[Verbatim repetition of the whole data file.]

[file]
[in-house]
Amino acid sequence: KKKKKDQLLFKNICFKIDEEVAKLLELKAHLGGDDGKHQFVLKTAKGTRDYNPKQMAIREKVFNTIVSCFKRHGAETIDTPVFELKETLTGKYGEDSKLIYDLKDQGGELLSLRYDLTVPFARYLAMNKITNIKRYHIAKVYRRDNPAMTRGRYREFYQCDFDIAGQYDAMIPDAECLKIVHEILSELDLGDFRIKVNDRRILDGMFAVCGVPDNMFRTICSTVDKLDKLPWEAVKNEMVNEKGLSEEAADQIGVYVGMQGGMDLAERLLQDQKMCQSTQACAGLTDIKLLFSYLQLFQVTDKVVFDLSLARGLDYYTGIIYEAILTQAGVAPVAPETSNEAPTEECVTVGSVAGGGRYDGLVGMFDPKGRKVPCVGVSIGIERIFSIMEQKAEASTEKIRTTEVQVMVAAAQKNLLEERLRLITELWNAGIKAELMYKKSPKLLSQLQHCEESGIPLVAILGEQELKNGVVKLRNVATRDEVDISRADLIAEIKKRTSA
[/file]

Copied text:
[in-house]
Amino acid sequence: KKKKKDQLLFKNICFKIDEEVAKLLELKAHLGGDDGKHQFVLKTAKGTRDYNPKQMAIREKVFNTIVSCFKRHGAETIDTPVFELKETLTGKYGEDSKLIYDLKDQGGELLSLRYDLTVPFARYLAMNKITNIKRYHIAKVYRRDNPAMTRGRYREFYQCDFDIAGQYDAMIPDAECLKIVHEILSELDLGDFRIKVNDRRILDGMFAVCGVPDNMFRTICSTVDKLDKLPWEAVKNEMVNEKGLSEEAADQIGVYVGMQGGMDLAERLLQDQKMCQSTQACAGLTDIKLLFSYLQLFQVTDKVVFDLSLARGLDYYTGIIYEAILTQAGVAPVAPETSNEAPTEECVTVGSVAGGGRYDGLVGMFDPKGRKVPCVGVSIGIERIFSIMEQKAEASTEKIRTTEVQVMVAAAQKNLLEERLRLITELWNAGIKAELMYKKSPKLLSQLQHCEESGIPLVAILGEQELKNGVVKLRNVATRDEVDISRADLIAEIKKRTSA